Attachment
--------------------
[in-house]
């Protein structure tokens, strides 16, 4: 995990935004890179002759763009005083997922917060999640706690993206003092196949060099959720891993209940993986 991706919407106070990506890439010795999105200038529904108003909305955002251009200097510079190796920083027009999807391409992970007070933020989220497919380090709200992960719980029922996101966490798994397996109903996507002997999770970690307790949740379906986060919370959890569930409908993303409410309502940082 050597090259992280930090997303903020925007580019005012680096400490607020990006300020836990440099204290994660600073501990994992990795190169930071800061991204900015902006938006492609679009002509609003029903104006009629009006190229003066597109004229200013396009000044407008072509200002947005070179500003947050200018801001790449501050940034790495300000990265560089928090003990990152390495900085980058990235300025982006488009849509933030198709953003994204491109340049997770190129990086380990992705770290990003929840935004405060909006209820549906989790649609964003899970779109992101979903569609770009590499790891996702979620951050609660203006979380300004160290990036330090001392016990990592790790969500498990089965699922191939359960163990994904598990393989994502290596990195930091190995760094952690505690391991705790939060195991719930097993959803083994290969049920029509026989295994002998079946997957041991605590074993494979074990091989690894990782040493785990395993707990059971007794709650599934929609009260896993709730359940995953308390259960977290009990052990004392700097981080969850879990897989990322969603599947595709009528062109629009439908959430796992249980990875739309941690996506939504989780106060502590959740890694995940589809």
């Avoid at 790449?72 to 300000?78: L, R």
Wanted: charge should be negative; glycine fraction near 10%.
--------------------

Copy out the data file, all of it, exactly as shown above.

[in-house]
């Protein structure tokens, strides 16, 4: 995990935004890179002759763009005083997922917060999640706690993206003092196949060099959720891993209940993986 991706919407106070990506890439010795999105200038529904108003909305955002251009200097510079190796920083027009999807391409992970007070933020989220497919380090709200992960719980029922996101966490798994397996109903996507002997999770970690307790949740379906986060919370959890569930409908993303409410309502940082 050597090259992280930090997303903020925007580019005012680096400490607020990006300020836990440099204290994660600073501990994992990795190169930071800061991204900015902006938006492609679009002509609003029903104006009629009006190229003066597109004229200013396009000044407008072509200002947005070179500003947050200018801001790449501050940034790495300000990265560089928090003990990152390495900085980058990235300025982006488009849509933030198709953003994204491109340049997770190129990086380990992705770290990003929840935004405060909006209820549906989790649609964003899970779109992101979903569609770009590499790891996702979620951050609660203006979380300004160290990036330090001392016990990592790790969500498990089965699922191939359960163990994904598990393989994502290596990195930091190995760094952690505690391991705790939060195991719930097993959803083994290969049920029509026989295994002998079946997957041991605590074993494979074990091989690894990782040493785990395993707990059971007794709650599934929609009260896993709730359940995953308390259960977290009990052990004392700097981080969850879990897989990322969603599947595709009528062109629009439908959430796992249980990875739309941690996506939504989780106060502590959740890694995940589809």
């Avoid at 790449?72 to 300000?78: L, R």
Wanted: charge should be negative; glycine fraction near 10%.